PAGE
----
Touch of Evil was one Orson Welles work for hire jobs. There are two stories that circulate over why Welles returned to work for Hollywood. One story was that Charlton Heston was only interested in starring in the film if Welles directed it. The other was that Welles had told the producer to give him the worst script that he had and Welles would make a great movie out of it.
Charlton Heston stars as Mexican drug enforcement officer who has just recently married American Janet Leigh. While crossing the American / Mexican border for ice cream, they witness a car exploding. Because the murder took place on the American side, police captain Orson Welles is investigating the case. Heston isn’t sure of Welles. Welles quickly decides that the culprit is a young Mexican who was involved with the deceased’s daughter. While checking the suspect’s apartment, Welles finds dynamite, linking the suspect to the crime. Heston starts to suspect that Welles planted the evidence. Welles starts to take some desperate measures to silence Heston.
Welles had turned the film in to Universal on time but the studio wasn’t happy with Welles’ cut. They reedited it and added new scenes that Welles didn’t direct. Welles original cut was lost but at the time Welles viewed the new cut and sent Universal a 58 page memo on how he would fix the film. The memo detailed how Welles wanted the film cut, the music cues and such. Universal ignored the memo and released the movie in the shorter cut to dismal box office returns.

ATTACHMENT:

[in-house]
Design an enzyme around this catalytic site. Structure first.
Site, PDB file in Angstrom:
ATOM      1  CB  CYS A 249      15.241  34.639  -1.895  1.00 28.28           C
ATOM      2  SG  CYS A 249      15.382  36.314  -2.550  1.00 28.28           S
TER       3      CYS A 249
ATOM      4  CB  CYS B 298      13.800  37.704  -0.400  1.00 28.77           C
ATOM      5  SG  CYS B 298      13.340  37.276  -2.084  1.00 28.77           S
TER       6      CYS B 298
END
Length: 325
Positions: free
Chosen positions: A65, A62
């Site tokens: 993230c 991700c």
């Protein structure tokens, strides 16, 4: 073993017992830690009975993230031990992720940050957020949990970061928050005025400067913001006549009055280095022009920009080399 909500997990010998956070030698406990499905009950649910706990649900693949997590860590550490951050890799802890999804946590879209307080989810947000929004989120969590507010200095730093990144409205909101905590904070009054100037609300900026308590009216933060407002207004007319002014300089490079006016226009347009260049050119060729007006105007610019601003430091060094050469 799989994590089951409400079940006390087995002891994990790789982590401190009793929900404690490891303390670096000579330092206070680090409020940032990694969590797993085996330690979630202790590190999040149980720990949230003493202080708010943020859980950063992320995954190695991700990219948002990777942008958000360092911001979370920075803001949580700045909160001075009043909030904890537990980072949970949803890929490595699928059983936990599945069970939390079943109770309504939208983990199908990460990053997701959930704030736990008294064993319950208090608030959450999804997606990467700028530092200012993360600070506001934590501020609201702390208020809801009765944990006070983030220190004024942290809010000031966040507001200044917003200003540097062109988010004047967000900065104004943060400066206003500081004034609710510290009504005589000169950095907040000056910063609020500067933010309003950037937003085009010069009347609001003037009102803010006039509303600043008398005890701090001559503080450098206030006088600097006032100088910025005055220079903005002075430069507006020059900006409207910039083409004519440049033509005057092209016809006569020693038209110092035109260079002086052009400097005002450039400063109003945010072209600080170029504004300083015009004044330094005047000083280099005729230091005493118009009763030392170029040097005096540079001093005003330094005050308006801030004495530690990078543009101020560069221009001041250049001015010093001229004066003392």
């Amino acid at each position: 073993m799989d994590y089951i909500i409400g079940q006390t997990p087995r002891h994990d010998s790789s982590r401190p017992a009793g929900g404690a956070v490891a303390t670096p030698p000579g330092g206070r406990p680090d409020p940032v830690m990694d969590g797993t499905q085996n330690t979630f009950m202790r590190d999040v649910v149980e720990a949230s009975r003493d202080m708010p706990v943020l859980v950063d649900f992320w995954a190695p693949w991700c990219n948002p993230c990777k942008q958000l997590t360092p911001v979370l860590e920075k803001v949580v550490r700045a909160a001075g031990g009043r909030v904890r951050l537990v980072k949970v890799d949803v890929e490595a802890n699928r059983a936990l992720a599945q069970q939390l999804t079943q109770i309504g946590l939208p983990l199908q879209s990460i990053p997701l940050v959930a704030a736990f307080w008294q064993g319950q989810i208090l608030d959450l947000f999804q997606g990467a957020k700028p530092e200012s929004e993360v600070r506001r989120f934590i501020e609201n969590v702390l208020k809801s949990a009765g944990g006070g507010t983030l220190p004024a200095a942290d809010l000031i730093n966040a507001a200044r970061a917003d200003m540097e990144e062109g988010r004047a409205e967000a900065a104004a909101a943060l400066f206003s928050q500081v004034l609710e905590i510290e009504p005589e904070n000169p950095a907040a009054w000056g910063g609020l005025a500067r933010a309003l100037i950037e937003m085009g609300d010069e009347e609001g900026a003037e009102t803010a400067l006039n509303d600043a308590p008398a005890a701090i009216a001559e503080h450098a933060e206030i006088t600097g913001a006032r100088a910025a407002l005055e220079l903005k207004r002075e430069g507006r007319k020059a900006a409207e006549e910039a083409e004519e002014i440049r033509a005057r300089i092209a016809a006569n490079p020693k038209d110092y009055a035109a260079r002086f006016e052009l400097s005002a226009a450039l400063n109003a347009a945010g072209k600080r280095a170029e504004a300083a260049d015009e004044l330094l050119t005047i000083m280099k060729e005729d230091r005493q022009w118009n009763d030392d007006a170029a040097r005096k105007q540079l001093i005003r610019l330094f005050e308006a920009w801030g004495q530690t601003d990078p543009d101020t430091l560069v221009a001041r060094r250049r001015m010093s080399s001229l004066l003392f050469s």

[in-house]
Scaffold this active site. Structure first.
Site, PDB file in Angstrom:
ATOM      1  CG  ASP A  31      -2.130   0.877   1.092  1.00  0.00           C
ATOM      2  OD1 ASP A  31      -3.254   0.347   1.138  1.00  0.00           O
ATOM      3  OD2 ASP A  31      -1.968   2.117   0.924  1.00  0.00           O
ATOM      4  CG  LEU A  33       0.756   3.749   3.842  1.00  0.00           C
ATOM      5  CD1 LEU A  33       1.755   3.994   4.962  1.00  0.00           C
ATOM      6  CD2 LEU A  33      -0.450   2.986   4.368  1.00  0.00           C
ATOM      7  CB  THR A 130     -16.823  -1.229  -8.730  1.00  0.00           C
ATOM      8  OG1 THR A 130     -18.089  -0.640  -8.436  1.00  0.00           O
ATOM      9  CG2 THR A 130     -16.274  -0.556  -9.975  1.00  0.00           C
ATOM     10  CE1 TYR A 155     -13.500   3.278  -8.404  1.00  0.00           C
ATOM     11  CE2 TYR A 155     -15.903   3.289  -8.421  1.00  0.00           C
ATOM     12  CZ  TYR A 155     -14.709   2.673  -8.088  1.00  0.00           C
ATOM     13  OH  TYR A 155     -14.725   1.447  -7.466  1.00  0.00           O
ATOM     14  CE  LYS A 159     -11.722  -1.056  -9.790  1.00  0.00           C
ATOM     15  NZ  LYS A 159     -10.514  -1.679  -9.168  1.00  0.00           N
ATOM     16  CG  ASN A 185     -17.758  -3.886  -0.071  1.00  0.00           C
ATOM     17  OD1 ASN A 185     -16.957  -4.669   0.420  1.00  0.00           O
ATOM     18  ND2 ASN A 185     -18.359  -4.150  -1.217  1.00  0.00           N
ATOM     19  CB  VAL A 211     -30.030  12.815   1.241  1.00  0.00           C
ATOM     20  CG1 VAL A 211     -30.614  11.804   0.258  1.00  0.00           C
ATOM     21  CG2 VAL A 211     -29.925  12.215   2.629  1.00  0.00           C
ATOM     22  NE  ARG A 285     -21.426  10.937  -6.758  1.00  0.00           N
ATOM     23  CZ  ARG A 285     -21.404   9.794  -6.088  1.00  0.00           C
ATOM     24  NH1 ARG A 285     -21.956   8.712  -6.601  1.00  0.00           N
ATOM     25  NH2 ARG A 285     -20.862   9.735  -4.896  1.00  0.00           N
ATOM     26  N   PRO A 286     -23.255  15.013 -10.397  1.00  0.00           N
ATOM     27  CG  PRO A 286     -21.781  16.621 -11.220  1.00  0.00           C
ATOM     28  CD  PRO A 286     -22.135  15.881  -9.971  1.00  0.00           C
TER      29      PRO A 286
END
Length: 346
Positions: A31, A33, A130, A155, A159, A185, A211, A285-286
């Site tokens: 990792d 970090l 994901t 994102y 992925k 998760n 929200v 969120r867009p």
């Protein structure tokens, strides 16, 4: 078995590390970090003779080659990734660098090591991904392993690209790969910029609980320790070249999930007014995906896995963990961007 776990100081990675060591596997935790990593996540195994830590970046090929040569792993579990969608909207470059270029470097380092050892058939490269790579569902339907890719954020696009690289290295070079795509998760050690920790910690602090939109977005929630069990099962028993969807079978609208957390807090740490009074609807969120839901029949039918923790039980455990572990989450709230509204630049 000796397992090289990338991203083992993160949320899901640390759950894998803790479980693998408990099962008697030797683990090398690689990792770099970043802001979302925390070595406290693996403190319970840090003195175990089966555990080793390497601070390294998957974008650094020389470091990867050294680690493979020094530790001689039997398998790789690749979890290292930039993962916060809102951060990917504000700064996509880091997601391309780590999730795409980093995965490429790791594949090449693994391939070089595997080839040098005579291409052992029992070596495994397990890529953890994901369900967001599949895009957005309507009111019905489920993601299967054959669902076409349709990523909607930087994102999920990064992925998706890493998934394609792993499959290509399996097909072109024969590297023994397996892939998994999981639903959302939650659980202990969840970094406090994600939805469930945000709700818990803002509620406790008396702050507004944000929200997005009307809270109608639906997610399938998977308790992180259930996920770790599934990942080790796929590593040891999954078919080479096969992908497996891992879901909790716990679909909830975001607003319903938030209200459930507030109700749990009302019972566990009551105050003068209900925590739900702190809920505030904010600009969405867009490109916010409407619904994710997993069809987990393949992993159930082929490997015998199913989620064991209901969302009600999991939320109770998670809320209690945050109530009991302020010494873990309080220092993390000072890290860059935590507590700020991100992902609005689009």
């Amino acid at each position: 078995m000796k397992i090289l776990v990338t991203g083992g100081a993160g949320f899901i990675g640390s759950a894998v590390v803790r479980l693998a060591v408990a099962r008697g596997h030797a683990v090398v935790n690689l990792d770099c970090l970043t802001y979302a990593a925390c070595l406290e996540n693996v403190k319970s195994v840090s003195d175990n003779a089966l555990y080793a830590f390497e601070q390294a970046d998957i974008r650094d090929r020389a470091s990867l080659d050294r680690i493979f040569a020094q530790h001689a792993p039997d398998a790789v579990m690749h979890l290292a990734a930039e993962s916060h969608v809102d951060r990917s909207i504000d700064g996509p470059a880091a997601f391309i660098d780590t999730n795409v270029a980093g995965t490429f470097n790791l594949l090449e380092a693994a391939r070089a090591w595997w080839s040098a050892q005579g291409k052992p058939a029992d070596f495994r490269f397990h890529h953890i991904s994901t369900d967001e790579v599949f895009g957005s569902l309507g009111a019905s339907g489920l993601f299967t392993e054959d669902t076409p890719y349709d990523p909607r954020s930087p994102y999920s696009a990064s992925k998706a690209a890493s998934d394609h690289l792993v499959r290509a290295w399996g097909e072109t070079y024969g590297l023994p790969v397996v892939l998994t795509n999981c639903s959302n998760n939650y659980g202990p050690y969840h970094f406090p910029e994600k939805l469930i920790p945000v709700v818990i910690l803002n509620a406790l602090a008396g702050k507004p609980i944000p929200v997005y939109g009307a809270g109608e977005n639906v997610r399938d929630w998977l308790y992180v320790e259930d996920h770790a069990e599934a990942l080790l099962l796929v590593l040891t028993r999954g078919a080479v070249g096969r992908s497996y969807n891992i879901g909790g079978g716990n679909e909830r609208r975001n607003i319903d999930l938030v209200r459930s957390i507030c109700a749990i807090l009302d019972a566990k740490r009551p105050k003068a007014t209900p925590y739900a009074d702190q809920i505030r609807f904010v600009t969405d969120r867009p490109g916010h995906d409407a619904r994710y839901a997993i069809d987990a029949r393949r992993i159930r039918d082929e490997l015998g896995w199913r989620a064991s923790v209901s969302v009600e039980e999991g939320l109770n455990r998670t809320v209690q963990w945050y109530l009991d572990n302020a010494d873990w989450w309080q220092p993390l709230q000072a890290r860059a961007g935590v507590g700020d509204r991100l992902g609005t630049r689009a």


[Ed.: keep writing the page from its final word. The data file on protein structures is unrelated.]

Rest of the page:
In the 1970’s a longer cut was discovered by Universal who assumed to was Welles’ original cut. They released this cut in limited release to critical acclaim. This version was the version that Universal released on VHS. It was then discovered that it wasn’t Welles’ cut, it was a preview cut that post dated the memo but predated the finally theatrical cut. In 1998 Universal decided to restore the film based on Welles’ memo. This version was released on DVD in 1999. The recent blu-ray contains all the versions, the 1998 version is the best cut but it’s awesome that Universal released all three versions. The movie is excellent, from the opening three minute twenty second tracking shot to the final shoot out this is my favourite Welles movie, Citizen Kane be damned.